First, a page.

This review was coordinated by the KPMP, with S.M. and Y.H. providing conceptual guidance. E.O., J.S., J.F.O., B.S., F.D., L.B., S.J., C.P., S.M. and Y.H. contributed to the design, development, coordination and application of the KPMP ontologies. E.O., L.L.W., J.S., J.F.O., S.M. and Y.H. wrote the manuscript with support from B.S., S.J., I.H.D., S.S.W., D.C.C., C.S., C.W., A.D.D., C.J.M. and M.K. J.S., J.F.O., S.J., I.H.D., M.T.V., S.S.W., J. Himmelfarb and M.K. provided guidance on clinical nephrology, A.Z.R. and L.B. provided guidance on pathology, B.S. and F.D. provided guidance on data systems, D.C.C., T.A., C.R.A., C.S. and R.I. provided guidance on omics analyses and J. Hansen, C.W., A.D.D., C.M., M.H. and P.N.R. provided guidance on reference ontologies. All authors reviewed and approved the manuscript.

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Correspondence to Sean Mooney or Yongqun He.

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Nature Reviews Nephrology thanks B. Smith and the other, anonymous, reviewer(s) for their contribution to the peer review of this work.

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Related links

Allen Brain Atlas: https://portal.brain-map.org/

Encyclopedia of DNA Elements (ENCODE) project: https://www.encodeproject.org/

Human BioMolecular Atlas Program: https://commonfund.nih.gov/hubmap

Human Cell Atlas: https://www.humancellatlas.org/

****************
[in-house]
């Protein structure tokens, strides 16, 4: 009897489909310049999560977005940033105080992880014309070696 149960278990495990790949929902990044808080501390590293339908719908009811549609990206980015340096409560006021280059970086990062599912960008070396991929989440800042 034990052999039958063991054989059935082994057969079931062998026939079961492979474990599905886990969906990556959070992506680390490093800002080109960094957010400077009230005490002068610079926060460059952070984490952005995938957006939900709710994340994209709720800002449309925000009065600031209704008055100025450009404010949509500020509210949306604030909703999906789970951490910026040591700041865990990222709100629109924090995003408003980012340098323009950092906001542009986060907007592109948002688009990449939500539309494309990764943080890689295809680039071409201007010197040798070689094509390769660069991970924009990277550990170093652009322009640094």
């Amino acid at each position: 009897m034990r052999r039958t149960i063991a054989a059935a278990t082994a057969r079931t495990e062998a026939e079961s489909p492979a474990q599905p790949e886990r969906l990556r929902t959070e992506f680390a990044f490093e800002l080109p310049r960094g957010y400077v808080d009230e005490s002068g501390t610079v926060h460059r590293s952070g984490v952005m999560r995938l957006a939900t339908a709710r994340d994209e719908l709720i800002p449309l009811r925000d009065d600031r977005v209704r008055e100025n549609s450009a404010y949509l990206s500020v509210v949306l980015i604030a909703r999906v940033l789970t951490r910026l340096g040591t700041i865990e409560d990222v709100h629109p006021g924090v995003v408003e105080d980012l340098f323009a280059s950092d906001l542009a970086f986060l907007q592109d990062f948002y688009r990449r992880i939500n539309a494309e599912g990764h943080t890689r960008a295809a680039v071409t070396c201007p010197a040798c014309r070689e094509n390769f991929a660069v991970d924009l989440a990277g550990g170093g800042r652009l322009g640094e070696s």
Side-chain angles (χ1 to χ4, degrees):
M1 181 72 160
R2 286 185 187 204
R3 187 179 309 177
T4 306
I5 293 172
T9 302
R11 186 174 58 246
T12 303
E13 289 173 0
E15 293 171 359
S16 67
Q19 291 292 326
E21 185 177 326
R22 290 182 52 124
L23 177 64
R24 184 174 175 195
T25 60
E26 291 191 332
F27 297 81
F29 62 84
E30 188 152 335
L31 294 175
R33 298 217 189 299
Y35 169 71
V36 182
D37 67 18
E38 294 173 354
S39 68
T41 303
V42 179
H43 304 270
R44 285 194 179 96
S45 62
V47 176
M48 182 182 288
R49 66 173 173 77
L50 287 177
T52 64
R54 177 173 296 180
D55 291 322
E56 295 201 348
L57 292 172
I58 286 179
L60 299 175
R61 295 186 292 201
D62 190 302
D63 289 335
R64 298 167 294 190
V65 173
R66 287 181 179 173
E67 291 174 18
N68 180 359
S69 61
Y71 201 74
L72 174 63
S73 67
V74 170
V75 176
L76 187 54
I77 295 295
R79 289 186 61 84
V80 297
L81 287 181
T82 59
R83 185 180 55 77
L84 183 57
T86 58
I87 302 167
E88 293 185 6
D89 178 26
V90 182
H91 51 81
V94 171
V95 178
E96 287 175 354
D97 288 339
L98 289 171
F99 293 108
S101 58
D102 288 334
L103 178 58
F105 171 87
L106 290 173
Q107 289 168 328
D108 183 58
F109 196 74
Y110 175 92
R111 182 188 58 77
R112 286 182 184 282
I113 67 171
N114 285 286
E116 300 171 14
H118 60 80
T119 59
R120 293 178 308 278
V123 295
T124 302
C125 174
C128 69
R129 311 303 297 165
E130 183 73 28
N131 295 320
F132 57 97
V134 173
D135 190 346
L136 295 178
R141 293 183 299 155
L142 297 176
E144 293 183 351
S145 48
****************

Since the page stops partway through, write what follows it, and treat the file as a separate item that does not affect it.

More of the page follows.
International Classification of Diseases (ICD): https://www.who.int/classifications/icd/en/

Kidney Precision Medicine Project: https://kpmp.org/

Kidney Tissue Atlas data portal: https://atlas.kpmp.org/

Library of Integrated Network-Based Cellular Signatures: http://www.lincsproject.org/

Ontology of General Medical Science: https://github.com/OGMS/ogms

Ontology of Genes and Genomes: http://www.obofoundry.org/ontology/ogg.html

Open Biological and Biomedical Ontology (OBO) Foundry: http://www.obofoundry.org/

Systematized Nomenclature of Medicine (SNOMED): https://www.snomed.org/snomed-ct/

The Cancer Genome Atlas: https://www.cancer.gov/tcga

Supplementary information

Glossary

Natural language

A language that has evolved naturally in humans and is used in speech or writing, as opposed to a constructed or formal language.

Logical expressions

A programmatic construct that expresses logical operations over mathematical terms or entities, which allows a computer to reason over the entities in the expression.

Controlled vocabularies

A way to organize knowledge for retrieval; comprises a set of selected terms used for document indexing and information retrieval.

Taxonomies

Controlled vocabularies that have a hierarchical structure indicating subclass relationships between entities.

Fuzzy matching

A technique that identifies the correspondence among phenotypic profiles that may be less than 100% perfect.

Causal reasoning

The process used to identify the causality (cause and effect) between two entities.

Case report forms

A document (paper or electronic) containing a questionnaire used for clinical research or other purposes.

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Ong, E., Wang, L.L., Schaub, J. et al. Modelling kidney disease using ontology: insights from the Kidney Precision Medicine Project. Nat Rev Nephrol 16, 686–696 (2020). https://doi.org/10.1038/s41581-020-00335-w